The French woman clearly was not much of a Suze drinker, or perhaps was as confused about aniseed as I was about gentian. When I finally got the bottle back to Shanghai (along with my other Cambodian finds – St. James rum and Marie Brizard Apry) I tasted no aniseed. I found the Suze rather like Campari, but less intense and without the orange taste. Apparently gentian is some kind of bitter flower. Suze is lighter bodied than Campari, less bitter, a little floral, and apparently has a wine base. I like it.

Suze tastes great with a splash of soda or tonic, but I wanted to find some Suze cocktails. I did a little research but came up with nothing. There were a few cocktail suggestions on the Suze website, but none of them grabbed me. The standard cocktail websites don’t mention it much.

So in honor of the approaching Mixology Monday I did a little experimentation myself. Because of Suze’s similarity to Campari I took the Negroni (a favorite of mine) as my starting point.

I tried mixing 1 part Suze, 1 part gin and 1 part French Vermouth. This was drinkable but I felt it didn’t mesh together well. Perhaps it would work with the proportions changed around – the gin dominates a bit. I thought Suze would go nicely with some fruit, and that some sweetness and acidity might help put the gin in the background, so I tried adding some orange juice. A version with equal parts of Suze, gin, vermouth and orange juice wasn’t too bad, but lacked character.

Another day and another attempt and I came up with something I was happy with. This time I used calvados instead of gin, to produce a fruitier gentler drink that plays off Suze’s relatively mild bitterness. Calvados always reminds me of Autumn and so bringing out the calvados bottle seemed fitting for the season as well. I think this would make a nice aperitif before an autumn meal involving cooked apples – maybe pork with apple, or chicken Normandy?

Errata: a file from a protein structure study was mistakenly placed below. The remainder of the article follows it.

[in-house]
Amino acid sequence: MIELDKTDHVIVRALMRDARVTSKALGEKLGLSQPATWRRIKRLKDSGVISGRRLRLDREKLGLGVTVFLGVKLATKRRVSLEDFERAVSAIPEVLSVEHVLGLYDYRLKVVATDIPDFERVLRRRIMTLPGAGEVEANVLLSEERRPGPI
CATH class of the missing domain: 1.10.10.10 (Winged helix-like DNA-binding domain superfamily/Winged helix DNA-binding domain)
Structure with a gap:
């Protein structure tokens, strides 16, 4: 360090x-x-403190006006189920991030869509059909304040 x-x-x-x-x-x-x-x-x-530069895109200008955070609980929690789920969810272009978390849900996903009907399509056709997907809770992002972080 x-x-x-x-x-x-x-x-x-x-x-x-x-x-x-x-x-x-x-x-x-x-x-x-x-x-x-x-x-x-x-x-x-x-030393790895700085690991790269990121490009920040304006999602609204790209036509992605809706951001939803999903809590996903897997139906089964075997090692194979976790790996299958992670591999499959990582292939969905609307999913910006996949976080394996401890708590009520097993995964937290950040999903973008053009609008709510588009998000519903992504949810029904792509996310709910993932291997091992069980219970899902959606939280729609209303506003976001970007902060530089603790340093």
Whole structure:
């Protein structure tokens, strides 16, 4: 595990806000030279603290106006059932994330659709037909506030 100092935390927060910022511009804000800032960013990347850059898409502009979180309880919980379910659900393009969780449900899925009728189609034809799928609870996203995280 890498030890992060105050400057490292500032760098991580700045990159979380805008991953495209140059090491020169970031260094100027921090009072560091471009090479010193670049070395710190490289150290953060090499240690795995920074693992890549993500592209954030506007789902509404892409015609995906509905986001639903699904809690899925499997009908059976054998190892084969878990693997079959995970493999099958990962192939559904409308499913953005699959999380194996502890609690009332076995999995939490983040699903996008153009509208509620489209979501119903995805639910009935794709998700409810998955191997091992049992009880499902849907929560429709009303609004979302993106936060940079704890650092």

So the recipe. . .

Autumn Frogman

1 oz Suze

1 oz calvados

1 oz French vermouth

Stir ingredients over ice and strain into a cocktail glass. Squeeze a twist of lemon peel over the drink to extract the oils, rub the peel around the rim of the glass, and drop into the drink. A dash of orange bitters might also be nice instead of the lemon twist, though I haven’t tried this yet.

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This drink isn’t as bold as the Negroni, but I think Negroni drinkers will appreciate it. Personally I’m very pleased with it. For an aperitif this drink is slightly mellow (something that could probably be changed by upping the ratio of Suze), but the mellowness seems part of the charm. While I would never want to abandon the wonderful Negroni I can see myself substituting the Autumn Frogman occasionally when I feel like something slightly more low key and heart-warming. If you simply happen to want to bring out the Suze this drink is just the thing.

Why is it called an Autumn Frogman? This drink has three French ingredients so the name was always going to refer to France, and who could refer to the French without having a joke at their expense?

I am from New Zealand and in our minds (or is it just in mine?) the French will forever be associated with the bombing of a Greenpeace protest boat, the Rainbow Warrior, in Auckland Harbor. Yes, I know it happened in 1985, but we’re talking about the French here! The Rainbow Warrior was sunk in winter, but I expect the French agents spent the Autumn wet-suited up and training for the mission. The Calvados also matches the Autumn theme. So I present to the world, the Autumn Frogman!

Being an unforgiving person, on a previous occasion I came up with a Rainbow Warrior cocktail, but that will have to wait for another day.

The Bunny Hug

Friday, December 1st, 2006

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It was the craze of the day.